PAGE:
There are many configuration parameters that affect the behavior of the database system. In the first section of this chapter, we describe how to set configuration parameters. The subsequent sections discuss each parameter in detail.
All parameter names are case-insensitive. Every parameter takes a value of one of four types: Boolean, integer, floating point, or string. Boolean values may be written as ON, OFF, TRUE, FALSE, YES, NO, 1, 0 (all case-insensitive) or any unambiguous prefix of these.
One way to set these parameters is to edit the file postgresql.conf, which is normally kept in the data directory. (initdb installs a default copy there.) An example of what this file might look like is:
# This is a comment log_connections = yes log_destination = 'syslog' search_path = '$user, public'
One parameter is specified per line. The equal sign between name and value is optional. Whitespace is insignificant and blank lines are ignored. Hash marks (#) introduce comments anywhere. Parameter values that are not simple identifiers or numbers must be single-quoted. To embed a single quote in a parameter value, write either two quotes (preferred) or backslash-quote.
The configuration file is reread whenever the postmaster process receives a SIGHUP signal (which is most easily sent by means of pg_ctl reload). The postmaster also propagates this signal to all currently running server processes so that existing sessions also get the new value. Alternatively, you can send the signal to a single server process directly. Some parameters can only be set at server start; any changes to their entries in the configuration file will be ignored until the server is restarted.
A second way to set these configuration parameters is to give them as a command line option to the postmaster, such as:
postmaster -c log_connections=yes -c log_destination='syslog'
Command-line options override any conflicting settings in postgresql.conf. Note that this means you won't be able to change the value on-the-fly by editing postgresql.conf, so while the command-line method may be convenient, it can cost you flexibility later.
Occasionally it is useful to give a command line option to one particular session only. The environment variable PGOPTIONS can be used for this purpose on the client side:
env PGOPTIONS='-c geqo=off' psql
(This works for any libpq-based client application, not just psql.) Note that this won't work for parameters that are fixed when the server is started or that must be specified in postgresql.conf.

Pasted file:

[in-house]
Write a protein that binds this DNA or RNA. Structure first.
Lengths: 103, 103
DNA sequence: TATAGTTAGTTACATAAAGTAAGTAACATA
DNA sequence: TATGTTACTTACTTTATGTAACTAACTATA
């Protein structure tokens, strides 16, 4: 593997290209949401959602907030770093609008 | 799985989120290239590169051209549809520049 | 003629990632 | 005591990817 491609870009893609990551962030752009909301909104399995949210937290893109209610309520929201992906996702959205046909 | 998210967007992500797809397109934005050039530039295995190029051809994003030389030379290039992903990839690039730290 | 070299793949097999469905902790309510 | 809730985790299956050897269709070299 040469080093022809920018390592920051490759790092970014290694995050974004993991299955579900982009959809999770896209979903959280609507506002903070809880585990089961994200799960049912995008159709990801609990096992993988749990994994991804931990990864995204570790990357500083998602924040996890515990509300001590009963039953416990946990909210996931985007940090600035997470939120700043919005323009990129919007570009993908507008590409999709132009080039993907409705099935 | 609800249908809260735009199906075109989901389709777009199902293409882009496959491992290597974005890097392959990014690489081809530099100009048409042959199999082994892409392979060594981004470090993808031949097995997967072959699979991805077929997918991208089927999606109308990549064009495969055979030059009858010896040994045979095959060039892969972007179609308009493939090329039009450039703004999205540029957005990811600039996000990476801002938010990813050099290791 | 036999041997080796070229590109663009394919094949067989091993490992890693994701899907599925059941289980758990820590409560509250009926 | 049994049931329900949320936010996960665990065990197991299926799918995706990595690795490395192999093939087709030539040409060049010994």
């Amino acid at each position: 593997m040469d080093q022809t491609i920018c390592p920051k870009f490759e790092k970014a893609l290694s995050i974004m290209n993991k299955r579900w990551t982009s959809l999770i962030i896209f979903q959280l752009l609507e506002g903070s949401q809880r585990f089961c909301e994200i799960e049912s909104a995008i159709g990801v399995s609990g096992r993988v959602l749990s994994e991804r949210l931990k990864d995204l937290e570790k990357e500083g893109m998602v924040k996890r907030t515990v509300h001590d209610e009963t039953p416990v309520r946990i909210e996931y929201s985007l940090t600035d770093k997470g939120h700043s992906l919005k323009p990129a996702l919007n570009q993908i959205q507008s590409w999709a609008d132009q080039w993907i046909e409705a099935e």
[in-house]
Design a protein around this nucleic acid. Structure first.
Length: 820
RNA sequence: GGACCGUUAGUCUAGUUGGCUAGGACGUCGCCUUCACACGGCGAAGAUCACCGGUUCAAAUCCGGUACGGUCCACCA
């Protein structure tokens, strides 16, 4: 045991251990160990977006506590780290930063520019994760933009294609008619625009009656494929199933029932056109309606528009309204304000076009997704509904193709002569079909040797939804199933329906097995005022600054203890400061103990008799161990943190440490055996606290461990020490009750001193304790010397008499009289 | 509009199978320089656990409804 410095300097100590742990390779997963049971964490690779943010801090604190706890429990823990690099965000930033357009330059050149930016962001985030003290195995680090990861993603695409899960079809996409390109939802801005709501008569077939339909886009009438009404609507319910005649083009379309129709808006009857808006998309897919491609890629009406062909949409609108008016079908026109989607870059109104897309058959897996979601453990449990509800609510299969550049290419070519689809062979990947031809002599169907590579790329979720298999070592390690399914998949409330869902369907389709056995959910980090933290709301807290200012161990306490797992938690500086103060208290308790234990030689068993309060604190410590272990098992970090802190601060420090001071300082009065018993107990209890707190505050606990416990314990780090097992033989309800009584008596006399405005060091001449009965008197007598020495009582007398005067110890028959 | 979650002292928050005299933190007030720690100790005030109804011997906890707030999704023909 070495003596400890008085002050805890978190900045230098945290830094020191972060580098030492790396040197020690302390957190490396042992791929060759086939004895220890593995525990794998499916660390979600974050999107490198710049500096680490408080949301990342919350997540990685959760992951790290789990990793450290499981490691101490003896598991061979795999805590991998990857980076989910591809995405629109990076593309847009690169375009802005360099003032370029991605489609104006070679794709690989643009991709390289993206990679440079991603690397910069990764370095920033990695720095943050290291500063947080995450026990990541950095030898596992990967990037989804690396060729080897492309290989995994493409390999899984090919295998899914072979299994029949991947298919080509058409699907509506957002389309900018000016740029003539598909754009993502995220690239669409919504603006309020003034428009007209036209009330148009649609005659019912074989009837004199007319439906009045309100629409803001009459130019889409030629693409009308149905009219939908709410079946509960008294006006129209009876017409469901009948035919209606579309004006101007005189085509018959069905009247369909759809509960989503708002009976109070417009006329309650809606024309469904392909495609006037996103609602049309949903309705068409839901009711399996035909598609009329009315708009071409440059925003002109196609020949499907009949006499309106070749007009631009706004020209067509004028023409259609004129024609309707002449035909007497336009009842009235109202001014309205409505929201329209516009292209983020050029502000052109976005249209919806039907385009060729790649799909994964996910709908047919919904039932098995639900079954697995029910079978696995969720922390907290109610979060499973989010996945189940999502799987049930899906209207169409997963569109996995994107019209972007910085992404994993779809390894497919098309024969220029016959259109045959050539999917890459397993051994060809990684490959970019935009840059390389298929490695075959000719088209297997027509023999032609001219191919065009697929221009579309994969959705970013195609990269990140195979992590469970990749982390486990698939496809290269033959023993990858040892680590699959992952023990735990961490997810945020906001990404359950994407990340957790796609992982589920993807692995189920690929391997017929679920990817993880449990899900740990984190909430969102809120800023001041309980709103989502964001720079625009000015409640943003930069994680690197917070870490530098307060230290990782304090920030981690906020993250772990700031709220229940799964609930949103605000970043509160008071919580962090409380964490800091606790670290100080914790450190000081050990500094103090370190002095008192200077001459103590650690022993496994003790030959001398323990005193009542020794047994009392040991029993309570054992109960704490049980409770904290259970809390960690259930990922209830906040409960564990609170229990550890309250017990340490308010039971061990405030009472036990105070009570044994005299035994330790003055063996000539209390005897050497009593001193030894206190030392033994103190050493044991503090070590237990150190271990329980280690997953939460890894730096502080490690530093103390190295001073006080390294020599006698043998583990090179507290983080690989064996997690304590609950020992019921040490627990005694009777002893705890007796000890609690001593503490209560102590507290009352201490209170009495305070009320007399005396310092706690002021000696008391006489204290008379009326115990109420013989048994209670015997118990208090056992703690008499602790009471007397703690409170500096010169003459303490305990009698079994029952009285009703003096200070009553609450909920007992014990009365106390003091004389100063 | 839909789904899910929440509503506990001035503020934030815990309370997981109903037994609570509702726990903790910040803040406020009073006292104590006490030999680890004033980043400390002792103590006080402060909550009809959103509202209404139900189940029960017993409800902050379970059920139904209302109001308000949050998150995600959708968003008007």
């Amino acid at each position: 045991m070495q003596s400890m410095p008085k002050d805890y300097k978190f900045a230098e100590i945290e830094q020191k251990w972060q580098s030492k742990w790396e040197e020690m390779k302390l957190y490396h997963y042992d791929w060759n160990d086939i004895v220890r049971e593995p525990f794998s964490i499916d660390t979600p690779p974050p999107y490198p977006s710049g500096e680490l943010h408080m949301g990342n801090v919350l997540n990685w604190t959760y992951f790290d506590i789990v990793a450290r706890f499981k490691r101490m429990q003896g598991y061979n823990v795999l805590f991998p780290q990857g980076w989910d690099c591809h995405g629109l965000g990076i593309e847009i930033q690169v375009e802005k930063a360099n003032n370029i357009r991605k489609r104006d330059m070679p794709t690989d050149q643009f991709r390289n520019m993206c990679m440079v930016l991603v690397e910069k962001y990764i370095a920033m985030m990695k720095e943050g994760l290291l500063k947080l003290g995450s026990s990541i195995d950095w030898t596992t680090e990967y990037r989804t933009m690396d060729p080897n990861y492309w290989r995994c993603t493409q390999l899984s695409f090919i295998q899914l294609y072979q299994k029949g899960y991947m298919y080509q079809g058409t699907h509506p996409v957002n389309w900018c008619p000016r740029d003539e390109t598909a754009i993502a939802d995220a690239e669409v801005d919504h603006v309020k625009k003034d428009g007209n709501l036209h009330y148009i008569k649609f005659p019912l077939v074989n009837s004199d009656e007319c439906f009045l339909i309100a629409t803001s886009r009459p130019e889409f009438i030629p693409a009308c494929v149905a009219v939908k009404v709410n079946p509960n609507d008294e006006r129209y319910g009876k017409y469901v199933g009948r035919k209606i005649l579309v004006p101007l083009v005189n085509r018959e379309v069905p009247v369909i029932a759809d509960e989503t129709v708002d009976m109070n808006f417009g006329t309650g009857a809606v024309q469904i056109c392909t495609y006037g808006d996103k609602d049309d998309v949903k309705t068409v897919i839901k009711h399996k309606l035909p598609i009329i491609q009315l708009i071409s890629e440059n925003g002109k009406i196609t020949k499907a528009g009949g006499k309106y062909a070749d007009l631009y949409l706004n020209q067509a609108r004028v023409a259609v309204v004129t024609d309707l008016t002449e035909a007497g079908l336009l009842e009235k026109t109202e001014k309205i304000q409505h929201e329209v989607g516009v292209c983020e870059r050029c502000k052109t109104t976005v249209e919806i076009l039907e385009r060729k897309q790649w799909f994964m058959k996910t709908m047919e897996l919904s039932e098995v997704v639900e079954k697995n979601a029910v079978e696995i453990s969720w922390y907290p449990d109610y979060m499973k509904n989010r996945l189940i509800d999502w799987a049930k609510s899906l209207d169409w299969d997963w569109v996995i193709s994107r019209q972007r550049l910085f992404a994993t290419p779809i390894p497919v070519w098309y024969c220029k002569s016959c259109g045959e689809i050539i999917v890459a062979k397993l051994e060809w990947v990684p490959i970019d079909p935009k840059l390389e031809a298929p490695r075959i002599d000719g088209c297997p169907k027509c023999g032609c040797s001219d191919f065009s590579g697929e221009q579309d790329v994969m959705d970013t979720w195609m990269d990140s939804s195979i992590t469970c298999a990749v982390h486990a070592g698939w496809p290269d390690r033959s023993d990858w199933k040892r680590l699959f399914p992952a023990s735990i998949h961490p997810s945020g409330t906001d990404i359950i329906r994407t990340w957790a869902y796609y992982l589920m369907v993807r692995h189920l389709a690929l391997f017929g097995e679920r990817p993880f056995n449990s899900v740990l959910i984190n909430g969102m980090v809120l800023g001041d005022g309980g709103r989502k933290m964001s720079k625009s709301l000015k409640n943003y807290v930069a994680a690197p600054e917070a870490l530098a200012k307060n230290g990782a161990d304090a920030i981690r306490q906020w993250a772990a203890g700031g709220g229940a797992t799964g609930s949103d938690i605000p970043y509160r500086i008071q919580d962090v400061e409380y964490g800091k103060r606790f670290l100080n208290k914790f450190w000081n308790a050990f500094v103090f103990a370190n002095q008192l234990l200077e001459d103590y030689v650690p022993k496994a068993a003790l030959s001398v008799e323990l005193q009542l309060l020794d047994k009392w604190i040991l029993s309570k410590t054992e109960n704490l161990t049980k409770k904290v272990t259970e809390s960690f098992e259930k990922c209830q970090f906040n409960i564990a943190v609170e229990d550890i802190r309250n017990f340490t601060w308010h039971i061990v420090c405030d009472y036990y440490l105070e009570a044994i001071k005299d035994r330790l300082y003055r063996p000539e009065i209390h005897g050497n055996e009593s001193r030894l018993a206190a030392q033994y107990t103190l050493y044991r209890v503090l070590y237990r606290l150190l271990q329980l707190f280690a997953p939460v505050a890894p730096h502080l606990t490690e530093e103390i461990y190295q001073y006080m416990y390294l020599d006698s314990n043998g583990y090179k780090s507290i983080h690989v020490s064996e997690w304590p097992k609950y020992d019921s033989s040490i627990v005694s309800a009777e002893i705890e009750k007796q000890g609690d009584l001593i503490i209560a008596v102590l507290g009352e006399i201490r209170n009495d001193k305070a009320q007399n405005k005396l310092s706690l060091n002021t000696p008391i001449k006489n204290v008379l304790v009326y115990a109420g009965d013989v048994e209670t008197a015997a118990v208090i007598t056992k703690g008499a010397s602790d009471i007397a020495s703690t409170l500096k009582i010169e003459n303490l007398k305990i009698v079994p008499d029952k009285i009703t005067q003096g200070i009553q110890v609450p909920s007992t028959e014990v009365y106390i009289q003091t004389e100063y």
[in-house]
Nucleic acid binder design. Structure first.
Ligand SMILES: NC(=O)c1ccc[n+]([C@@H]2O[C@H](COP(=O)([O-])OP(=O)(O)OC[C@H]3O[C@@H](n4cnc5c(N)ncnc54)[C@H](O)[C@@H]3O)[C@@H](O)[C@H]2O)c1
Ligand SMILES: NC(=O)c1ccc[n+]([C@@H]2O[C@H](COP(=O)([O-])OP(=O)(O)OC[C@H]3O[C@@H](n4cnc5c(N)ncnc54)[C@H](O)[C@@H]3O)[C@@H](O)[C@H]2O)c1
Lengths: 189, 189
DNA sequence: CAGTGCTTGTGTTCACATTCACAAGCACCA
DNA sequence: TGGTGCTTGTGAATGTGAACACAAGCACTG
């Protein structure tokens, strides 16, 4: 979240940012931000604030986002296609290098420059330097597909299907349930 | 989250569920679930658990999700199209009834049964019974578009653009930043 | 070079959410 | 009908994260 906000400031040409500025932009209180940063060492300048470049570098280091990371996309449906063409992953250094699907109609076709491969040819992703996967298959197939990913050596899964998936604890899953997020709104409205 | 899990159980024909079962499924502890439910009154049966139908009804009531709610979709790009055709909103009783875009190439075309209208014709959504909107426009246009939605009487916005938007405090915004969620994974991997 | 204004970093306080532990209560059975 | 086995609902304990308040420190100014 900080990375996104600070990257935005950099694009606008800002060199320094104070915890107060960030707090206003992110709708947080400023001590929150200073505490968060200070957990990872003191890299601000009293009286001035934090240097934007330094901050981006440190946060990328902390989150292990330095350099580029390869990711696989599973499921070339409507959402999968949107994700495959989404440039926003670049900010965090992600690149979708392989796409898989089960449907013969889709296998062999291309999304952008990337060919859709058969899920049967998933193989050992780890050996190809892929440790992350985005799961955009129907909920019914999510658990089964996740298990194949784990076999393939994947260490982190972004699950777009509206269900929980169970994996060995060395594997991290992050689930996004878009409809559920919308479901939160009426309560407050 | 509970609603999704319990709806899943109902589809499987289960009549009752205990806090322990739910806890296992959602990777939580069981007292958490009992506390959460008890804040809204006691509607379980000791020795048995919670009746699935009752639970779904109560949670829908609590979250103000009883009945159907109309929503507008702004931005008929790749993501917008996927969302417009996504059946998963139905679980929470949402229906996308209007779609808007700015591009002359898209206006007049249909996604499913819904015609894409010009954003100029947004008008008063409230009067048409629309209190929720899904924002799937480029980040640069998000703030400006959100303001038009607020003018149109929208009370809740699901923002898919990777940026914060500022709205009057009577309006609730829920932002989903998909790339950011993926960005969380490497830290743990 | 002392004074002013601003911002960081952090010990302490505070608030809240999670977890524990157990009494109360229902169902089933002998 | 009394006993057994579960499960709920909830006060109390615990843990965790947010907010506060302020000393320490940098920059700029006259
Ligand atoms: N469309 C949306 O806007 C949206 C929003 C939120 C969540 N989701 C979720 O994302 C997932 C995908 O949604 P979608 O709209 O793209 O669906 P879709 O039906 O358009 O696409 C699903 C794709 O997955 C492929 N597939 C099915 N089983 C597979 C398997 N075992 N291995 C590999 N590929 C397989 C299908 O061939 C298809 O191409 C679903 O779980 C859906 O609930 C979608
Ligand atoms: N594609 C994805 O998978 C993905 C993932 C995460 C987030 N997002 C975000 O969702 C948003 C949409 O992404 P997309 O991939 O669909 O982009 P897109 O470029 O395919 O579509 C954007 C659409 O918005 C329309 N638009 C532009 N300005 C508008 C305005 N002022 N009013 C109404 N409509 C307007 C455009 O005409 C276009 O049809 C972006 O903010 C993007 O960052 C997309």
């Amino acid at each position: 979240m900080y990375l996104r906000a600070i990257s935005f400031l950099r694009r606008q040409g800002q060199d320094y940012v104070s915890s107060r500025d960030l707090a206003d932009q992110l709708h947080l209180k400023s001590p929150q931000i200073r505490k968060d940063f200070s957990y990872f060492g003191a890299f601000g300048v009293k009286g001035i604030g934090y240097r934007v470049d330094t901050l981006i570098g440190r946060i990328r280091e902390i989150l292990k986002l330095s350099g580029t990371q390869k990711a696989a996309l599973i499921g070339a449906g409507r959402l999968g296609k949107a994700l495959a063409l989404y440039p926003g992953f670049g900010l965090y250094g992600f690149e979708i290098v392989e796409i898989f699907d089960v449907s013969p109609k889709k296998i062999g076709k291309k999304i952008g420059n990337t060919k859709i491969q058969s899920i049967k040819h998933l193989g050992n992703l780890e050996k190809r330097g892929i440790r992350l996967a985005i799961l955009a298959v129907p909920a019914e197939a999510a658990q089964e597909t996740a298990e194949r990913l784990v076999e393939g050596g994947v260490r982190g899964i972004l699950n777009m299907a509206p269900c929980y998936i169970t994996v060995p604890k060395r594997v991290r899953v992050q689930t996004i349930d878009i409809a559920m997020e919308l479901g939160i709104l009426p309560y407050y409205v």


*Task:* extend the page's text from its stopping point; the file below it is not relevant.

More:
Furthermore, it is possible to assign a set of option settings to a user or a database. Whenever a session is started, the default settings for the user and database involved are loaded. The commands ALTER USER and ALTER DATABASE, respectively, are used to configure these settings. Per-database settings override anything received from the postmaster command-line or the configuration file, and in turn are overridden by per-user settings; both are overridden by per-session options.
Some parameters can be changed in individual SQL sessions with the SET command, for example:
SET ENABLE_SEQSCAN TO OFF;
If SET is allowed, it overrides all other sources of values for the parameter. Some parameters cannot be changed via SET: for example, if they control behavior that cannot reasonably be changed without restarting PostgreSQL. Also, some parameters can be modified via SET or ALTER by superusers, but not by ordinary users.
The SHOW command allows inspection of the current values of all parameters.
The virtual table pg_settings (described in Section 42.41) also allows displaying and updating session run-time parameters. It is equivalent to SHOW and SET, but can be more convenient to use because it can be joined with other tables, or selected from using any desired selection condition.
If you get an error like
psql: FATAL: could not open file "global/pg_database": No such file or directory
make sure that in your init.d postgresql file (if you have one) or in the env variables for the shell that runs your server process that PGDATA is set properly. Then try to restart the server. If the server will not restart, check for an already running server process (sudo ps -af | grep postgres). Sometimes they can hang around, secretly, and screw things up.